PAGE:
Kuniyoshi Utagawa, Yamauba and Matsui Tamijiro, Kisokaido
Original Japanese woodblock print.
Artist: Kuniyoshi Utagawa (1798-1861)
Title: 17. Matsuida. Yamauba and Matsui Tamijiro
Series: The Sixty-nine Post Stations of the Kisokaidō
Publisher: Tsujioka-ya Bunsuke
Size: 24.9 x 35.6 cm
Condition: Backing. Small hole on top right corner. Blue pigment slightly spotted on the centre.
In Japanese art and literature, place names often have a significant importance and relate to famous stories or events. Kuniyoshi's series 'The Sixty-nine Post Stations of the Kisokaidō' is a clear exercise in this convention, playfully connecting the names of the post stations along the Kisokaidō, a mountainous road from Tokyo to Kyoto, with folkloric, historical and literary tales. For Matsuida post station, Kuniyoshi recounts a story of the samurai Matsui Tamijiro. Unable to cross a river infested with poisonous snakes, Matsui is helped by a yama-uba, a mountain witch. By applying an ointment to him, the snakes are dispersed and Matsui is eventually able to cross over to the opposing bank. Kuniyoshi's interest in European etchings is evident in the yama-uba's pose and attire which bear a distinctively Western touch compared to other contemporary depictions of these hermetic beings.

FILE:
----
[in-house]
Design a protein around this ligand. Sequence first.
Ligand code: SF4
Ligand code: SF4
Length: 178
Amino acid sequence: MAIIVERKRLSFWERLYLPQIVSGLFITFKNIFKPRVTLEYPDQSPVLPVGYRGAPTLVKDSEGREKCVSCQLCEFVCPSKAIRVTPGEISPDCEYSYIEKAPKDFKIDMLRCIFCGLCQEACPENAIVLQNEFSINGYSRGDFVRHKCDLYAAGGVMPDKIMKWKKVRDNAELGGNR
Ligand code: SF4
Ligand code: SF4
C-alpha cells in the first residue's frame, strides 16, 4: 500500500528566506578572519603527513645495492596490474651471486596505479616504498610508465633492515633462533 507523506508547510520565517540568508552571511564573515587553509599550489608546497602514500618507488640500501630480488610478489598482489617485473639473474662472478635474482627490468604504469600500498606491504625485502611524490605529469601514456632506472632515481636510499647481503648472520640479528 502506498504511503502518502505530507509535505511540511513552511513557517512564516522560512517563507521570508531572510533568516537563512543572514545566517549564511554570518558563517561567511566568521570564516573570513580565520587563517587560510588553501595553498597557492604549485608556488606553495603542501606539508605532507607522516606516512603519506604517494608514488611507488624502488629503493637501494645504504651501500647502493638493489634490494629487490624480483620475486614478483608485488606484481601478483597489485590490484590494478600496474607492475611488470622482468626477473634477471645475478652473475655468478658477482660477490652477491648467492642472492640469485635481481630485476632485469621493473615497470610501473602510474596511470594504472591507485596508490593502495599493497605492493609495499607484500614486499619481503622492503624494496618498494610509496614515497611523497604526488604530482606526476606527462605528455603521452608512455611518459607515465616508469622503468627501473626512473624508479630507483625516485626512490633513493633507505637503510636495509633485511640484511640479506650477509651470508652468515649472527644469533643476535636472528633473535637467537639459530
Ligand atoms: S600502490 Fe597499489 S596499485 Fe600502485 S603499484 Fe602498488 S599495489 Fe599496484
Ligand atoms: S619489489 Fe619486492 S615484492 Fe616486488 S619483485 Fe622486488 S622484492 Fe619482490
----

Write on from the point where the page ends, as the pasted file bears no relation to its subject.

|Artist Name||Kuniyoshi Utagawa|
|Title||Matsuida. Yamauba and Matsui Tamijiro|
|Subject||Samurai & Male, Male & Female, Landscapes|
|Dimensions||24.9 x 35.6 cm|
|Series||Sixty-nine Post Stations of the Kisokaido Road|